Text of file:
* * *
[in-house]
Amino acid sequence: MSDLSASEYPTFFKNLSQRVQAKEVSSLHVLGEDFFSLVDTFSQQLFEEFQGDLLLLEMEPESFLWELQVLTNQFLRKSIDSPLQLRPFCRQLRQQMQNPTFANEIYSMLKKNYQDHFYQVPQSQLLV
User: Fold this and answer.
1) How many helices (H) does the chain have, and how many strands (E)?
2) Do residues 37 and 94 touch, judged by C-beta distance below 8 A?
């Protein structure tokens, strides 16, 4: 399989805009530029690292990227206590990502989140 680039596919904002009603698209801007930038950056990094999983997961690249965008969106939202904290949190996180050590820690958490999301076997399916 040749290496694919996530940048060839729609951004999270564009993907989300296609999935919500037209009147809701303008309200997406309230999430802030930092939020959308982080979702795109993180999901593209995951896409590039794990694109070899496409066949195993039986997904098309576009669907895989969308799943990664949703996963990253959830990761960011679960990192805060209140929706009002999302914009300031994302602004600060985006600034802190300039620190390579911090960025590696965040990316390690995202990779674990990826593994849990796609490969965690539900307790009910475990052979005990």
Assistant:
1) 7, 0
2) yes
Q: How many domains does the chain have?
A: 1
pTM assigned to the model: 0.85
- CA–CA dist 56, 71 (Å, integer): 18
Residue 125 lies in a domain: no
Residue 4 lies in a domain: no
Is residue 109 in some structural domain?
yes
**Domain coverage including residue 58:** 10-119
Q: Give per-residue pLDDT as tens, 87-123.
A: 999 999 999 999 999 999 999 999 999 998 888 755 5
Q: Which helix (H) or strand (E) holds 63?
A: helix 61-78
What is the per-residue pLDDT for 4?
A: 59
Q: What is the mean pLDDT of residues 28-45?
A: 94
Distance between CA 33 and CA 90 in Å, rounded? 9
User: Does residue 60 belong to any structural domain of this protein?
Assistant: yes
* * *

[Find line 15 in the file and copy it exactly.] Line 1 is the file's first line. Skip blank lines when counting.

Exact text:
Residue 4 lies in a domain: no